11 APRIL 1998, Page 27

LETTERS No need for a rethink

Sir: Matthew Parris (Time to think again', 4 April) leans heavily on Dr Johnson in his argument that we should be ready to com- promise the sovereignty of the Falklands. But one rather important fact has arrived on the scene since Dr Johnson described the islands, namely the islanders. No British government is going to be able or willing to force them under Argentine sovereignty. The parallel with Hong Kong breaks down. For years now the argument among Hong Kong Chinese has not been whether they should be reunited with China, but how 'two systems in one coun- try' would work. The Falkland Islanders, whose ancestors came from Britain, are vir- tually unanimous that the islands should stay British. Matthew Parris mentions the Ridley initiative towards a compromise before the Argentine invasion of 1982. Whether some such idea could ever have prospered is now an academic question because of that invasion. General Galtieri, by attacking and then being thrown out, put paid to any change of sovereignty. Wherev- er you go in the Falklands you meet the signs and memories of that war, and the determination to stay British which results. Since the invasion there has been a big change. The Falklands have become pros- perous. The islanders are now economically self-sufficient, and indeed have agreed to pay Britain's defence costs as soon as they are able. Prosperity has also strengthened their links with their neighbours, including Argentina. In my time, we negotiated an agreement with Argentina on fishing; since then there has been a preliminary agree- ment on oil. There is everything to be said for the growth of this functional co-opera- tion, and the self-confidence which results.. It may in the end soften the opposition of the islanders to visits by Argentine citizens. But it would be a mistake to force the pace on this; and to reintroduce the question of sovereignty would set everything back. The growing links between Britain and Argentina are wholly to be welcomed. I thoroughly enjoyed working on these with the formidable Argentine foreign minister Guido di Tella. It is good news that Presi- dent Menem is to visit Britain. Argentina is to be congratulated on her success. But that is all a different story. The memory of a meeting in Port Stanley four years ago sticks in my mind. The islanders packed into the town hall bom- barded me with friendly but pointed ques- tions about British attitudes. It was a notable exercise in direct democracy. I know Dr Johnson would have thoroughly approved of the people in that hall: robust, down to earth, and — why not? — loyal. Douglas Hurd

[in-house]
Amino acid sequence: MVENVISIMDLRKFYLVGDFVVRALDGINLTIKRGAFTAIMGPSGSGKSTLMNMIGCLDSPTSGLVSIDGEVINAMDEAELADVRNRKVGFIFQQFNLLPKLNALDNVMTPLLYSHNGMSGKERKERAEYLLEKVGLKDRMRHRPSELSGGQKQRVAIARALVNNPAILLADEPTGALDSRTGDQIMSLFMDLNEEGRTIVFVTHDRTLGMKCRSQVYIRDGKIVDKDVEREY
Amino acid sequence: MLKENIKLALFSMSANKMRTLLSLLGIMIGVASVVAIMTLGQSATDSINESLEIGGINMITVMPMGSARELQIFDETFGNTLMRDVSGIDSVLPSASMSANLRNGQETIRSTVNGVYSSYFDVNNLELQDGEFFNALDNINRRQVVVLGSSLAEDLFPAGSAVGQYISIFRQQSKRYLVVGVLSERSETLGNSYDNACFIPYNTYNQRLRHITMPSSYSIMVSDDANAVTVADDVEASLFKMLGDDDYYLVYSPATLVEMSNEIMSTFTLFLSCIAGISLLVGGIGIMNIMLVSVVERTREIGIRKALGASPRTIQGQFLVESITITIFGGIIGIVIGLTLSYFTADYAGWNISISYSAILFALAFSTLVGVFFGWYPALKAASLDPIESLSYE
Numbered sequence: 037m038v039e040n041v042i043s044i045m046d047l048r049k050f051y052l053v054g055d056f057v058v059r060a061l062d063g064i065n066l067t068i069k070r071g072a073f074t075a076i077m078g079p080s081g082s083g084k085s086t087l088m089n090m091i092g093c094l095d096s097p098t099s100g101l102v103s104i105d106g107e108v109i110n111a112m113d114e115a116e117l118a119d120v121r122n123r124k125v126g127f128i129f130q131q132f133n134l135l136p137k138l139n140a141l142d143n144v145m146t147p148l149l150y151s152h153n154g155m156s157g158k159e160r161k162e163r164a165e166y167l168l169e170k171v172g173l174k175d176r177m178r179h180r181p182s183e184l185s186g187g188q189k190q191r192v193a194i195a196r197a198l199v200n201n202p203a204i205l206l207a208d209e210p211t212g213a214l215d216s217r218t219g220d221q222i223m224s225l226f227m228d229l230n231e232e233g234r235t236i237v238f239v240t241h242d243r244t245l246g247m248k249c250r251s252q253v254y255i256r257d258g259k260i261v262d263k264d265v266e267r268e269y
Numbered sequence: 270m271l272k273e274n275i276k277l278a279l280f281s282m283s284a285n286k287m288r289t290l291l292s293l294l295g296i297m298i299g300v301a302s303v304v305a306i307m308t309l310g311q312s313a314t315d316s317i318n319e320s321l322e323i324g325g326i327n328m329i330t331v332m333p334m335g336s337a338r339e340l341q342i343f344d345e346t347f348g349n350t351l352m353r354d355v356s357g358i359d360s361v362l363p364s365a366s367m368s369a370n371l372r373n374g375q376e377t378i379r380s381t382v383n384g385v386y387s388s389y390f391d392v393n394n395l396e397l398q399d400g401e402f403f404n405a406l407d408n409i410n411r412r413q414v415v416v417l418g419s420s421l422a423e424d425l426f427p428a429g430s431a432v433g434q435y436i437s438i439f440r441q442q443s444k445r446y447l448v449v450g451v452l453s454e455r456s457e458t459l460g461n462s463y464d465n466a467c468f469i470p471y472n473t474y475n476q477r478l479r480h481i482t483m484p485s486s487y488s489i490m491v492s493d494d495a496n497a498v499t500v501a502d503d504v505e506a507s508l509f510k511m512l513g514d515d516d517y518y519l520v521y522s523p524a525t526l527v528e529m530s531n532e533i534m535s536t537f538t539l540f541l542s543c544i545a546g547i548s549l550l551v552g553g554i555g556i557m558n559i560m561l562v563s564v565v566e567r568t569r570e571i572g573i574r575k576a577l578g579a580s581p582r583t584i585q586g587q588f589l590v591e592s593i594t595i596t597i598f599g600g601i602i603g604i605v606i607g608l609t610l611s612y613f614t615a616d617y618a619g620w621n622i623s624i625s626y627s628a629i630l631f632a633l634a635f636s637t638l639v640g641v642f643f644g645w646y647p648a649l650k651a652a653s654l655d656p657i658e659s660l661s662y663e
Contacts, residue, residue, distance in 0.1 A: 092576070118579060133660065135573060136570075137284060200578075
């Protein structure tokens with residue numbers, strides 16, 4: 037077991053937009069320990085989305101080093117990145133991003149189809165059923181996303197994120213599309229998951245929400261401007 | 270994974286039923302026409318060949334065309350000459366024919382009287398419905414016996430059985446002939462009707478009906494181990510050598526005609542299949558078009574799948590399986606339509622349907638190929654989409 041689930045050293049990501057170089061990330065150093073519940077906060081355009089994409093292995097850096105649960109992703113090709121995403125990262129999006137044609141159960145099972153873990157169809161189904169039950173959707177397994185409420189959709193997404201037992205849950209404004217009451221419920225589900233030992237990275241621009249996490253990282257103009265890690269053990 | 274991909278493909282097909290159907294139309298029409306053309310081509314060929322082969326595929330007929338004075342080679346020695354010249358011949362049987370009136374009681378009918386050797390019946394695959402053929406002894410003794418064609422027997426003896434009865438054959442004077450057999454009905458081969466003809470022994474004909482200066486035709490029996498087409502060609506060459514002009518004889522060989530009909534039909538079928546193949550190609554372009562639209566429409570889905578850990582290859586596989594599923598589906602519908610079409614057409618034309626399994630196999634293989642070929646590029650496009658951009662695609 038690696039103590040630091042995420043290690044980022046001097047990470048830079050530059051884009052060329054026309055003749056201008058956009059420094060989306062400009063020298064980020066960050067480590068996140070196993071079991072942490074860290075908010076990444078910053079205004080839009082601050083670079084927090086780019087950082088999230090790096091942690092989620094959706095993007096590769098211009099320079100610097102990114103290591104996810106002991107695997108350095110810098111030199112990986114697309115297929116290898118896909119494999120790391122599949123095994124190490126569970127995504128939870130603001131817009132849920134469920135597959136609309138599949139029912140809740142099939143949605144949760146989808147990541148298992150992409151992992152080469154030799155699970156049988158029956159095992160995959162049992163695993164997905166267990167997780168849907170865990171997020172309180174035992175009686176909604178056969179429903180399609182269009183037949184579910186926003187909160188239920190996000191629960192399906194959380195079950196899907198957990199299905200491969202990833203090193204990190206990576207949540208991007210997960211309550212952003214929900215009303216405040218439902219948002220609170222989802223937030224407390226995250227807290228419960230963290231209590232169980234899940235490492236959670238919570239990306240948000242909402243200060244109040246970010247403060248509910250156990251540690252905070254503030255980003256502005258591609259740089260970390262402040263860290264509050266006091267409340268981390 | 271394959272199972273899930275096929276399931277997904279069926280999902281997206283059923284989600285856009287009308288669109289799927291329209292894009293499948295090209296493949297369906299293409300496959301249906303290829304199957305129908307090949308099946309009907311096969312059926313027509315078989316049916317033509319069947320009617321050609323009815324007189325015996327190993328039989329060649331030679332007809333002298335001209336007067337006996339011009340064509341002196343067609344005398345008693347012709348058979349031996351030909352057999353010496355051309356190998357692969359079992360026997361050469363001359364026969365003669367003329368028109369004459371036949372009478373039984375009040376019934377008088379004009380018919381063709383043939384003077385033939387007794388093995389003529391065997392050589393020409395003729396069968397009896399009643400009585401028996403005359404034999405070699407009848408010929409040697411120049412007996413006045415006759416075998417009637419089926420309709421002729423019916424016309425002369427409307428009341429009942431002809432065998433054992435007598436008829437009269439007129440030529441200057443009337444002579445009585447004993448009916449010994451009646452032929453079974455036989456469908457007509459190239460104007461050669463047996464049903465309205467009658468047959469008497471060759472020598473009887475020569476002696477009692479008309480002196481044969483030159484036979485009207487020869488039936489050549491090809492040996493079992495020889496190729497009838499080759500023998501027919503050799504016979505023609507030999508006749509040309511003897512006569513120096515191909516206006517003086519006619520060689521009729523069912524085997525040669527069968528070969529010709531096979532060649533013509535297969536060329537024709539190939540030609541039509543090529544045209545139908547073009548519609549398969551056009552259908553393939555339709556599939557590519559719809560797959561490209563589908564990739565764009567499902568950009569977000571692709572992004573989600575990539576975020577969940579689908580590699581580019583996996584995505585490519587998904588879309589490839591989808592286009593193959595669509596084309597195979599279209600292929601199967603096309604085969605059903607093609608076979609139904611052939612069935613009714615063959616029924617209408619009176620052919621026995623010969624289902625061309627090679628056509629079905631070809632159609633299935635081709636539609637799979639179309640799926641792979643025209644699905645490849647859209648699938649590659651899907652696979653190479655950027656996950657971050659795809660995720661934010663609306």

House of Lords, London SW1